SEATTLE (REUTERS) - An eye selfie could save lives.
An app called BiliScreen evaluates the color of the white of the eye surrounding the pupil for its level of bilirubin, the compound responsible for the yellowing of the eye in jaundice and an indicator of possibly serious medical conditions.
"One of the particular applications we're interested in is for people with pancreatic cancer. Pancreatic cancer, sadly, has a very low 5-year survival rate and that's because the symptoms of pancreatic cancer often get detected too late and options for treatment are very limited," said Alex Mariakakis, a researcher from the University of Washington.
By the time jaundice appears in the eyes of pancreatic cancer victims the disease is already well-established.
The research team hopes that Biliscreen will be able to detect abnormal bilirubin levels before they are visible to the naked eye.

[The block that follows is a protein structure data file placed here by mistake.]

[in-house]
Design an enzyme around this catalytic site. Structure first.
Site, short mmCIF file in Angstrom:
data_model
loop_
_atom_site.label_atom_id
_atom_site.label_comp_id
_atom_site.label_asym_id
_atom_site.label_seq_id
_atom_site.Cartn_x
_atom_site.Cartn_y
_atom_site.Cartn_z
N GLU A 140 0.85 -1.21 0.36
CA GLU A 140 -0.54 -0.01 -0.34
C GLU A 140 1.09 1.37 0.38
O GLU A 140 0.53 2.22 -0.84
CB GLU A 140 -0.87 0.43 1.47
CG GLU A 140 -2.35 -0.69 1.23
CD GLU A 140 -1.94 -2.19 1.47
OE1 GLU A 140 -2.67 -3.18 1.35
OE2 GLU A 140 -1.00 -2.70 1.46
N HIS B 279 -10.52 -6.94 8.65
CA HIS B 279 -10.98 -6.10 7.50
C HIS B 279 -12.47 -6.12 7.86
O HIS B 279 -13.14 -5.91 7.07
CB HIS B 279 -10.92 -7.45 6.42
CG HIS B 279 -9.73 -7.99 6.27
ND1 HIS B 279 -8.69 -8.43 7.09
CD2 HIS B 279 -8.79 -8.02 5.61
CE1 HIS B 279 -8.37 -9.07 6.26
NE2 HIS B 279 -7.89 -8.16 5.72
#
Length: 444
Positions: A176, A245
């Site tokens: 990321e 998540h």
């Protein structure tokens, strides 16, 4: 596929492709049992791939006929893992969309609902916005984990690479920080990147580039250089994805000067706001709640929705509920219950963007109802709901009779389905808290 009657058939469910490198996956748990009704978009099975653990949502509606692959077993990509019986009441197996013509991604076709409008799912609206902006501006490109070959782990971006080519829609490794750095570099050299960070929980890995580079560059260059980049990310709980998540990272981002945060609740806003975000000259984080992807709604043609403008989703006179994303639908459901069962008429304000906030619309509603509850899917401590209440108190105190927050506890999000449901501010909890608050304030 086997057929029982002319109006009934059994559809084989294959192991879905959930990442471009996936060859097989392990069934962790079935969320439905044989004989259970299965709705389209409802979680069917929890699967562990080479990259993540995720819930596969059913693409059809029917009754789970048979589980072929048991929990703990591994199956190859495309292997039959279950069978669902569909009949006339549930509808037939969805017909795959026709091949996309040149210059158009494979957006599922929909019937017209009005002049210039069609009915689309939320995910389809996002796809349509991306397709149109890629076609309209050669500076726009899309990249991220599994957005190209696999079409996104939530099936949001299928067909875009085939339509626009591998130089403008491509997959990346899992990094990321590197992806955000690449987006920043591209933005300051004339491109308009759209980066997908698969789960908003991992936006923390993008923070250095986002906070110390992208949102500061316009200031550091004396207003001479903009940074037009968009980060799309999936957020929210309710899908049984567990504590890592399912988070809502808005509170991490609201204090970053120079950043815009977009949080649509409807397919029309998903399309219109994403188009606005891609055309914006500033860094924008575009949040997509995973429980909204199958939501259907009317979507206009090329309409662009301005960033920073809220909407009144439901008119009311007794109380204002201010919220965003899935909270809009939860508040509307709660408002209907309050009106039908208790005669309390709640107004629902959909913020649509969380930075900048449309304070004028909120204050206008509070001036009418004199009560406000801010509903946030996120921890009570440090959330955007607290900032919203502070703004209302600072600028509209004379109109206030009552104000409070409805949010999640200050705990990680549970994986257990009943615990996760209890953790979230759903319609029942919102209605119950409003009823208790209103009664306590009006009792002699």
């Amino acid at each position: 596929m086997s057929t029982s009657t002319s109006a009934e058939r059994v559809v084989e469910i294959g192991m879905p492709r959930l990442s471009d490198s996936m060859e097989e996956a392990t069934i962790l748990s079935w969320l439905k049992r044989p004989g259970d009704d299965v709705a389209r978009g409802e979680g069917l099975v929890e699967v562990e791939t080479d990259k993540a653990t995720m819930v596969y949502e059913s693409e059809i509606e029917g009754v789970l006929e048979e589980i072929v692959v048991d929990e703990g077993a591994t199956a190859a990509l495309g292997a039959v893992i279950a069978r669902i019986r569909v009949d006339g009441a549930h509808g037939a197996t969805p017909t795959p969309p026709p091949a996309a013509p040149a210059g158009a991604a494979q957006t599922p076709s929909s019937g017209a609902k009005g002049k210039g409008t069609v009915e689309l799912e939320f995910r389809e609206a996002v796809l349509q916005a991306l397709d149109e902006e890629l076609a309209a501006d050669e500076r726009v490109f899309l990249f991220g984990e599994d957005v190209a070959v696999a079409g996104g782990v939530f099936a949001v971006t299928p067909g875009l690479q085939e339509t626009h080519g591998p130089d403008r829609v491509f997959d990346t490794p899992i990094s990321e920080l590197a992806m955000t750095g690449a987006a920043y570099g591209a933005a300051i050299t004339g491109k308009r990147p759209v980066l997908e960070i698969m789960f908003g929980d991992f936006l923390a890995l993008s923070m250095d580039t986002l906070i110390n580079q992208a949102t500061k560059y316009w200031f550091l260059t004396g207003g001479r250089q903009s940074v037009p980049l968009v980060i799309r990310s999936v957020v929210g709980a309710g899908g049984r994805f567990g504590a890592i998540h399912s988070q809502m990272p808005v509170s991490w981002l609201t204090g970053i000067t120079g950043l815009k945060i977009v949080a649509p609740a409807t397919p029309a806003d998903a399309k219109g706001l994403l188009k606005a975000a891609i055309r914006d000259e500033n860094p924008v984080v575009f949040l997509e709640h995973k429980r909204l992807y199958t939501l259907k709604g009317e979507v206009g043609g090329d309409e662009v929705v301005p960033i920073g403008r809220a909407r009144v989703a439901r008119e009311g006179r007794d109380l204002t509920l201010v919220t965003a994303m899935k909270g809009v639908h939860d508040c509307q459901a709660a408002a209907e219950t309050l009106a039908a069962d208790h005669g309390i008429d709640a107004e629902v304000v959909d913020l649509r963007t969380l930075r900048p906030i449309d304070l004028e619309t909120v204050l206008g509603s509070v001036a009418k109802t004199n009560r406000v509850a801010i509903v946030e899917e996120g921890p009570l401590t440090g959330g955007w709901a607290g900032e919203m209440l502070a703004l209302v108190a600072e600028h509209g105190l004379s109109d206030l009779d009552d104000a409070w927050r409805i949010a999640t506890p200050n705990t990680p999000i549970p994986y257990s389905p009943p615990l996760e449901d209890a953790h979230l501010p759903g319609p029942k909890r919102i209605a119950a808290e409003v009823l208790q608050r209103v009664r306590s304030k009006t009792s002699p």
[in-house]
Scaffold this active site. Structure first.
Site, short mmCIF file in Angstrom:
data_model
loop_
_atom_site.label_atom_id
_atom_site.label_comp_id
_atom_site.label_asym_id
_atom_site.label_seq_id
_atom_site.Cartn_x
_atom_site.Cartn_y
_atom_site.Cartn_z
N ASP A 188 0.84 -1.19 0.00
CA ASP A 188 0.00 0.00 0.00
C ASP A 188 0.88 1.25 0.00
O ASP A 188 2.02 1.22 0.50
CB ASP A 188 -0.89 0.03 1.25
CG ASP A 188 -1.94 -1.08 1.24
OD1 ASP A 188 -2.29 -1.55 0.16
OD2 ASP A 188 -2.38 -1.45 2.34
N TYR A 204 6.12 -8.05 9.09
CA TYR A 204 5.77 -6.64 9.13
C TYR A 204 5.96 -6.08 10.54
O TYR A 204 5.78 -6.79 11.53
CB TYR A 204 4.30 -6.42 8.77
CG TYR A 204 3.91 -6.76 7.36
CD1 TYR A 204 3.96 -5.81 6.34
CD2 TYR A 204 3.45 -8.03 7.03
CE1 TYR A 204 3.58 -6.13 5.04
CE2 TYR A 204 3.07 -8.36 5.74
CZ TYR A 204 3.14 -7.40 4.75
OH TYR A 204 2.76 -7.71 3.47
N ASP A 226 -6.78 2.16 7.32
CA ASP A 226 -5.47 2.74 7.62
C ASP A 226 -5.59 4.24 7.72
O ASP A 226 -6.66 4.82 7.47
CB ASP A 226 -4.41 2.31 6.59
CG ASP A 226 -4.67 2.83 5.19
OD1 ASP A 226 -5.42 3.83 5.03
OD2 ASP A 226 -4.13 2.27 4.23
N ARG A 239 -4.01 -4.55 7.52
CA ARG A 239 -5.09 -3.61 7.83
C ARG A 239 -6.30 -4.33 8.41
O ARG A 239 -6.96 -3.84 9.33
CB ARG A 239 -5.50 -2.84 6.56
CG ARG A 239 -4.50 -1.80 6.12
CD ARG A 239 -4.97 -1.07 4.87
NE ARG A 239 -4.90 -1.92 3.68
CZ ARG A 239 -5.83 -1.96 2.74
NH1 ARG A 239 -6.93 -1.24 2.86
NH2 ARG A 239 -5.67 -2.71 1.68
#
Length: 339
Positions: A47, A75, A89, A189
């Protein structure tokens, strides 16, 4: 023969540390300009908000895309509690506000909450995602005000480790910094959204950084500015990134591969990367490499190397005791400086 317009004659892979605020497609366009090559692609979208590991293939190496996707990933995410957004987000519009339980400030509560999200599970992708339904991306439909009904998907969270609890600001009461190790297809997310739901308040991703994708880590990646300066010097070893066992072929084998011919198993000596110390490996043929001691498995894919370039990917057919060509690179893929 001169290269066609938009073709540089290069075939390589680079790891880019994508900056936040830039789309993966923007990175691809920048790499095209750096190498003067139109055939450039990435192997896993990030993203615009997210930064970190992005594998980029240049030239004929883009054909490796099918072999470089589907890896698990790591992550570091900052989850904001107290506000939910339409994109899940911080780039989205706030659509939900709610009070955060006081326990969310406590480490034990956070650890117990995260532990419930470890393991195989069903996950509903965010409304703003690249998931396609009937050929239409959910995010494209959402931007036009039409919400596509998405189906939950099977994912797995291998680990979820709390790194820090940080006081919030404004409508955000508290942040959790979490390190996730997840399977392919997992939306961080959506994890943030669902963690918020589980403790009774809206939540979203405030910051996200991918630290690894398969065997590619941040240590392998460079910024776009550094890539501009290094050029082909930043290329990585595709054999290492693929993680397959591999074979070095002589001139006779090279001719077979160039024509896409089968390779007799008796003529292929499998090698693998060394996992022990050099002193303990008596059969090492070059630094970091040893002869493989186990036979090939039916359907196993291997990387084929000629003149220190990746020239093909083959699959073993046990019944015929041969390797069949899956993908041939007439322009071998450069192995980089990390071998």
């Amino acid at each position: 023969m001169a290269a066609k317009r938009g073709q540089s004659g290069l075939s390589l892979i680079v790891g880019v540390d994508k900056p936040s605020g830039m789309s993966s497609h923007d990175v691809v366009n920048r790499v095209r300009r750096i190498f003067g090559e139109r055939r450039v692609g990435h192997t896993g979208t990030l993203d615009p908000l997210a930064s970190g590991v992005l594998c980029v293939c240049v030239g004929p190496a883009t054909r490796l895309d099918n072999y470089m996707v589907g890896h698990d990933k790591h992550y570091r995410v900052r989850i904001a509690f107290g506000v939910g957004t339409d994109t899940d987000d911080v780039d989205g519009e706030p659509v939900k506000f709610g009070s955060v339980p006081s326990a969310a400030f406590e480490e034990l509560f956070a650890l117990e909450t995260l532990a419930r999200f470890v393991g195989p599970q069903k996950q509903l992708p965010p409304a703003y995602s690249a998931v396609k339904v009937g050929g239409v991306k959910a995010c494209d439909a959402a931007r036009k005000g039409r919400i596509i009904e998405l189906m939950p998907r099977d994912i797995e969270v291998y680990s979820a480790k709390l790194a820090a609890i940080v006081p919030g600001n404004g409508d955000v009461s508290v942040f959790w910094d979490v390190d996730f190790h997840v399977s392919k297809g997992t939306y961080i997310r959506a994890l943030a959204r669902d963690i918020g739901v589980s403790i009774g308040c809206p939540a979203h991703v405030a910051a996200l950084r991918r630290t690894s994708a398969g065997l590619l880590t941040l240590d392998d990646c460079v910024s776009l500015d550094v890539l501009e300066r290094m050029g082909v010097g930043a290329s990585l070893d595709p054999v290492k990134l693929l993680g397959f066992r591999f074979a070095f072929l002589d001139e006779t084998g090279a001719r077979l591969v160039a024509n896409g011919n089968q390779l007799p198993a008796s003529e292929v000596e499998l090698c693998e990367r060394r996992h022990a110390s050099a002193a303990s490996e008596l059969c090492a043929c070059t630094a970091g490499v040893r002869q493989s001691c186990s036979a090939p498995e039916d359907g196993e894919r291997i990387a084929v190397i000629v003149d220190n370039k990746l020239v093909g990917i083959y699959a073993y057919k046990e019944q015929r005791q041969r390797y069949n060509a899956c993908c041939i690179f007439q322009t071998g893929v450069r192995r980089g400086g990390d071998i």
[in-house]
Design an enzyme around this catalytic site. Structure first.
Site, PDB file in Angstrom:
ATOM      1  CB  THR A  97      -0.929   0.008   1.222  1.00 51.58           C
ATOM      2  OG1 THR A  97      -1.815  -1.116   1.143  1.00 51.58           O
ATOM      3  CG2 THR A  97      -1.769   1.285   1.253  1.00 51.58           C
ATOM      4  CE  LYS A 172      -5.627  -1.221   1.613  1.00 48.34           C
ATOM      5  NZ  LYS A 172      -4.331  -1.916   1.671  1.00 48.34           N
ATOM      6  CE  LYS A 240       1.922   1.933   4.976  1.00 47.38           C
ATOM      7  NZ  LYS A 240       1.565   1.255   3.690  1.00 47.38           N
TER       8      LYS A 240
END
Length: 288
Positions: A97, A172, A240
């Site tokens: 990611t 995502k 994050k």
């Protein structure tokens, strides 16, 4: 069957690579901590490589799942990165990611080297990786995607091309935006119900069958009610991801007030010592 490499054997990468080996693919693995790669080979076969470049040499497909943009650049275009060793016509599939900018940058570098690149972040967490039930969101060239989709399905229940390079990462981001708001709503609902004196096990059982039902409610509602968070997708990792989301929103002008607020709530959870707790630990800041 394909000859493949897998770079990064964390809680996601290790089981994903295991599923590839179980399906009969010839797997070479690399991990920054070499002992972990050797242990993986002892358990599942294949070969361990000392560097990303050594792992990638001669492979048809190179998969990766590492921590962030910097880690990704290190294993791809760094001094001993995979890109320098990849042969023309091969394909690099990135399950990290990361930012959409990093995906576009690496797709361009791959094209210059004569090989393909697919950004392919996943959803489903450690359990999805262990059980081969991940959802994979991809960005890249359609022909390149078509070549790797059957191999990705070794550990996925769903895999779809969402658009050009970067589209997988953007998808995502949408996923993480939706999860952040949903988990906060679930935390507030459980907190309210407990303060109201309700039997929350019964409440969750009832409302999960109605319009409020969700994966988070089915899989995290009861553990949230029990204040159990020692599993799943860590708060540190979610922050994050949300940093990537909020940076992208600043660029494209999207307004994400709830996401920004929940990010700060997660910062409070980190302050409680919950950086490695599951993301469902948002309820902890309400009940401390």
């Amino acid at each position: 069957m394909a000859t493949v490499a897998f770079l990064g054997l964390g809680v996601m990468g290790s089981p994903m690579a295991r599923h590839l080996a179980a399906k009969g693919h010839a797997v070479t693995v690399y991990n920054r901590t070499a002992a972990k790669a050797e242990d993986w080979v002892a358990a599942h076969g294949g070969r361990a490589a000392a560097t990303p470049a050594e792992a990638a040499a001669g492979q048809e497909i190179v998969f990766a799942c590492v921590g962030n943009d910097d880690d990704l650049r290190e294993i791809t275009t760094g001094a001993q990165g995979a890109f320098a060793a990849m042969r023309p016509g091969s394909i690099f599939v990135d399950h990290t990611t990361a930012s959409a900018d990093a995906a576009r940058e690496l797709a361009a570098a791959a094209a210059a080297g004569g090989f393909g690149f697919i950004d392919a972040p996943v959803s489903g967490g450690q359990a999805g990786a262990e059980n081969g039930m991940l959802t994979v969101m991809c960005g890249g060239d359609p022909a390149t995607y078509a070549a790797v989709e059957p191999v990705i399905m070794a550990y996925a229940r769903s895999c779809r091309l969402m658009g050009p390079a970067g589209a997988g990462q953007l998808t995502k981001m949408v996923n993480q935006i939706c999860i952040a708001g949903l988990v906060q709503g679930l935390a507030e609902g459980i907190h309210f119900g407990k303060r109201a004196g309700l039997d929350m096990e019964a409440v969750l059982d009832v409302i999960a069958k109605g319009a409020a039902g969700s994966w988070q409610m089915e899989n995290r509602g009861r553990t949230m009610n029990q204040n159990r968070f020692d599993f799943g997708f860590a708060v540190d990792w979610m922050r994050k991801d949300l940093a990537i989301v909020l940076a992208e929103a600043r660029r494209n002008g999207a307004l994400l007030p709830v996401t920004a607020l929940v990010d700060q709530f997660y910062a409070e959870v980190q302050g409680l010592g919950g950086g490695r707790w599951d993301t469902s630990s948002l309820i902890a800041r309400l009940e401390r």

The project has special significance for research team member Dr Jim Taylor, a researcher from the University of Washington..
"My father died of pancreatic cancer and he presented with jaundice, and I have a very close colleague who actually has survived with pancreatic cancer and I started thinking this might be a wonderful thing we can screen people with that could, hopefully, in the future, pick up people earlier and make the outcomes better in people with pancreatic cancer," said Dr Taylor.
Dr Taylor helped design the first BiliScreen study which accurately measured bilirubin levels in 90 percent of subjects.
BiliScreen is now in its second stage of testing.
It's designed to be an easy-to-use, non-invasive, tool that can be used by both medical professionals and an untrained person who wants to determine whether they should consult a medical professional.